[DWJ] Bad Mothers (was HP)

deborah.dwj at suberic.net deborah.dwj at suberic.net
Thu May 17 10:08:21 EDT 2007

On Thu, 17 May 2007, Jadwiga Zajaczkowa / Jenne Heise wrote:
> What's interesting is that we're obsessing over a single example,
> because it fits a cultural stereotype. Logically, of course, some
> people in a given group are going to fit the stereotype, and some of
> them will be nasty. In this case, the failed feminist writer. Is it
> possible for someone to  include a negative character who fits a
> stereotype safely? How?

It's a very tricky proposition. The problem is that the book
exists in the world, and even if, within the book, the character
has the best of reasons for being the way he or she is, the book
is still going to exist outside of the character's fictional
universe and will take its place in a canon that is chock full of

I'm going to use fat instead of feminism as the example here,
mostly because it's what is on my mind right now. (But also
because society as a whole has mostly overcome the equation
"feminism equals evil and bad mother", but has not at all
overcome the equation "fat equals lazy and slob", so it's easier
to see the damage that even the well-written stereotypes do.)

Can you never make a fat character lose weight any young adult
novel without showing weight loss as an essential part of
character development and perforce showing fatness as a character
flaw which must be rejected? It's hard to say. Of course it makes
sense that the kid in Hatchet loses weight; he's starving in the
Canadian bush. Of course the boy in Staying Fat for Sara Byrnes
ends up losing weight; he's a competitive swimmer, and he can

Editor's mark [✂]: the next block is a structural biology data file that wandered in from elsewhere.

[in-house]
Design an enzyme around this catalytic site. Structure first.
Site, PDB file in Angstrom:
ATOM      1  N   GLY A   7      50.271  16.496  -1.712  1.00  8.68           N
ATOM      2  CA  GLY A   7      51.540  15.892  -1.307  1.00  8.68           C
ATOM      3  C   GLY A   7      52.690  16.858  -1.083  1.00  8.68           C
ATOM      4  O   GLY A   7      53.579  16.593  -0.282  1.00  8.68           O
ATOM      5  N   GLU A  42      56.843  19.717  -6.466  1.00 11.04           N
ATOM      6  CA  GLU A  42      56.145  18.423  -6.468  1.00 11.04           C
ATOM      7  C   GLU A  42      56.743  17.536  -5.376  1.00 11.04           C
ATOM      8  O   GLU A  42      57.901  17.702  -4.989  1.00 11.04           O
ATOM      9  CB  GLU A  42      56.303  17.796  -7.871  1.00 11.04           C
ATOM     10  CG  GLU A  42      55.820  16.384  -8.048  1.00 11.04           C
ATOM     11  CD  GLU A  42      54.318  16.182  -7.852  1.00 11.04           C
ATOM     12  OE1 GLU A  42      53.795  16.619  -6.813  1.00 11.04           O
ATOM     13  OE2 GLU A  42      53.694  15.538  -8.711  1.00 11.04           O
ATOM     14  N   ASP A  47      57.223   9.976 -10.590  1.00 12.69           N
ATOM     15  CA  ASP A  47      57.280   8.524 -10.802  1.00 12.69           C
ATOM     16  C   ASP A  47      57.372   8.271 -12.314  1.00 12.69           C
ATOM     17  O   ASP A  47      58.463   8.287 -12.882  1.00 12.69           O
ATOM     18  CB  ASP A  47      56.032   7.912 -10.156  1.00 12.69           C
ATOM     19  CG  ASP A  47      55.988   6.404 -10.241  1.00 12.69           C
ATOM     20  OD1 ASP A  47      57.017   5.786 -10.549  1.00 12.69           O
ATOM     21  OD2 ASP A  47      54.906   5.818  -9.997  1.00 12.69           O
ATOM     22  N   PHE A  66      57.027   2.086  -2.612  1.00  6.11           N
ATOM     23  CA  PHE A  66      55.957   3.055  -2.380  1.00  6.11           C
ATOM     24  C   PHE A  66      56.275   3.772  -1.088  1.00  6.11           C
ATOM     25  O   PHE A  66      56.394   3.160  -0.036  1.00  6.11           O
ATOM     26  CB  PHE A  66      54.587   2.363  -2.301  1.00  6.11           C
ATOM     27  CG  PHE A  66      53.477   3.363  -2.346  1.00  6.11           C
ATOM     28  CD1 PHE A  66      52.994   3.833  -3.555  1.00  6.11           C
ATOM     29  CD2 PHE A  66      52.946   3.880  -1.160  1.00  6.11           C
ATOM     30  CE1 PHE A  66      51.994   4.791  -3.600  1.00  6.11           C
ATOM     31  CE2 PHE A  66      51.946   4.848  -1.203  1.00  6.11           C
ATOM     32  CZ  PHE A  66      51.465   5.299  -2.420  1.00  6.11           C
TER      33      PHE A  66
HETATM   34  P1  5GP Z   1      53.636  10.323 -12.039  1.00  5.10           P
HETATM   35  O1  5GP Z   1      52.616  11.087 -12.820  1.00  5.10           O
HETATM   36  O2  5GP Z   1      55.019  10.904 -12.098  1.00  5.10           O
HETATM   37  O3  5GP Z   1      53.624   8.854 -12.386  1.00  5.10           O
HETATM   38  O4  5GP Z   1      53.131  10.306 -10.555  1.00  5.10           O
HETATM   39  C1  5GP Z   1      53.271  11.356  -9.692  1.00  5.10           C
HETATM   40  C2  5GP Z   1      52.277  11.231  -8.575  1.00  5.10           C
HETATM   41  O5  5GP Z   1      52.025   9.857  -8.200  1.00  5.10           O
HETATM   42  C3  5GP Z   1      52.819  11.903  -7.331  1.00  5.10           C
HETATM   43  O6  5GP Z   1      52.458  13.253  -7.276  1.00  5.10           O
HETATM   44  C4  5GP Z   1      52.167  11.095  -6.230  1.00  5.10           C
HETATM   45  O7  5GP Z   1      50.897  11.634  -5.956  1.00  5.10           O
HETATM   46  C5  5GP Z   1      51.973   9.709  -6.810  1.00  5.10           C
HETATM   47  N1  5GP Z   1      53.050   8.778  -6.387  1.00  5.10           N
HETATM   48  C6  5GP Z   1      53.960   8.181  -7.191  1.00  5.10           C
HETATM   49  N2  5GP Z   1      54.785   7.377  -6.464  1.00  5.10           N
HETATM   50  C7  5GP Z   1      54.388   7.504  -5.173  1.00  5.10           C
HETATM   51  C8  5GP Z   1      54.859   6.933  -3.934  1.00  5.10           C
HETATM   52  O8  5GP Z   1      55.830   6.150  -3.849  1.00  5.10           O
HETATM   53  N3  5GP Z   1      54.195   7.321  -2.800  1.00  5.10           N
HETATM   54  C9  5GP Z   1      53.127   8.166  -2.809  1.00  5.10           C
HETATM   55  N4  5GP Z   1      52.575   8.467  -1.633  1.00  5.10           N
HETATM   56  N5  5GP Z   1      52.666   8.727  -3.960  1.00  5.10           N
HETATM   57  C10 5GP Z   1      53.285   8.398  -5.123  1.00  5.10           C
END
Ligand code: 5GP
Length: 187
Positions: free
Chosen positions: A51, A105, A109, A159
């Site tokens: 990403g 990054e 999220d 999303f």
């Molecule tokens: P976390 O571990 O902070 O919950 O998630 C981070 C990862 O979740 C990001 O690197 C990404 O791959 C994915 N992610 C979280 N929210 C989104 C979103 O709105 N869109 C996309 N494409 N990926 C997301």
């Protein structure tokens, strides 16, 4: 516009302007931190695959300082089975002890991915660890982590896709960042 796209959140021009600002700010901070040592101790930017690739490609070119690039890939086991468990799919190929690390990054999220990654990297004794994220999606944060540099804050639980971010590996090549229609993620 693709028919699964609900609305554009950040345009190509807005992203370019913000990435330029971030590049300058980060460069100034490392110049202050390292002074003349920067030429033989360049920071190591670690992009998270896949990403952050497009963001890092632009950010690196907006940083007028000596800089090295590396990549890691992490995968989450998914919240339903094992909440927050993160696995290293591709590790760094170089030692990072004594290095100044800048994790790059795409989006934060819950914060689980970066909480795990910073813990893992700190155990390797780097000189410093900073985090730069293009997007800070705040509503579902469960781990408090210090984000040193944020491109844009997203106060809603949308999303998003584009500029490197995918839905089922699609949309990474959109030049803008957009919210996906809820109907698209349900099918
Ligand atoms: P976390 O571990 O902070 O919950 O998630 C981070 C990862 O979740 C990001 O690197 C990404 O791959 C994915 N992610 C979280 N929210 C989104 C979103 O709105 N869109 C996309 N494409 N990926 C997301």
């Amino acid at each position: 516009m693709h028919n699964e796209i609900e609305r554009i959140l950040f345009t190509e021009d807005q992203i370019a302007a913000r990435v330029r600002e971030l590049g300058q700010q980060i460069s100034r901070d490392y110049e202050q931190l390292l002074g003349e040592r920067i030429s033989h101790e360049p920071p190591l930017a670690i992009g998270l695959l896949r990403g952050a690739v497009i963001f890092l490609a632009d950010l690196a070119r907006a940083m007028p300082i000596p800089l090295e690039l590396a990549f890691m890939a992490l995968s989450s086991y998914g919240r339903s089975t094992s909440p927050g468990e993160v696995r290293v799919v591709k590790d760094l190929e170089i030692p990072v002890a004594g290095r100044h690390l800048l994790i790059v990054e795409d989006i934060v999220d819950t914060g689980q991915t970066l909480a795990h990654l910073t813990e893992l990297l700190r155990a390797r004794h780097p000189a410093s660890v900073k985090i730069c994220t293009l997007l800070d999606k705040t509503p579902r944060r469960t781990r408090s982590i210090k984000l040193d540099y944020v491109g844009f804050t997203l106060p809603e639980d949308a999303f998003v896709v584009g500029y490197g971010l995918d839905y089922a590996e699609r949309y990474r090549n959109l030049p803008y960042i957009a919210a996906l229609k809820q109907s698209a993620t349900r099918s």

barely keep the weight on at all even when he is trying to. But
those books exist in a canon which also includes The Perilous
Gard*, which includes the standard young woman coming of age
trope that her fat at the book's beginning has transformed into
breasts and hips by the book's end. In The Perilous Gard,
therefore, we are reinscribing the unexplored notion that fat is
equivalent with flawed & undeveloped characters, youth, and
sexlessness; character development brings maturity, sexual
identity, and lost weight.

These are only three books, of course, but there's an unending
pile of parallel examples.

So can you never have a lazy, evil fat character; or a
hypocritical feminist who doesn't mother her children; or a
terrorist Muslim; or a greedy Jew; or a criminal
African-American? Of course not. Good fiction can include all of
these things. But at the same time, if the book isn't ideological
in some way, isn't exploring and deconstructing and questioning
the stereotypes that it uses, then we have to acknowledge that
book -- no matter how good! -- has entered the pool of
contributing to character stereotypes.

*Note about The Perilous Gard: first of all, I do love the book
(and hate Hatchet, incidentally). Secondly, how on earth does
Dragon NaturallySpeaking know how to spell "gard"?

What does it matter whether we hang,
If we've learned a little wisdom?	-- _Jade_, Sally Watson

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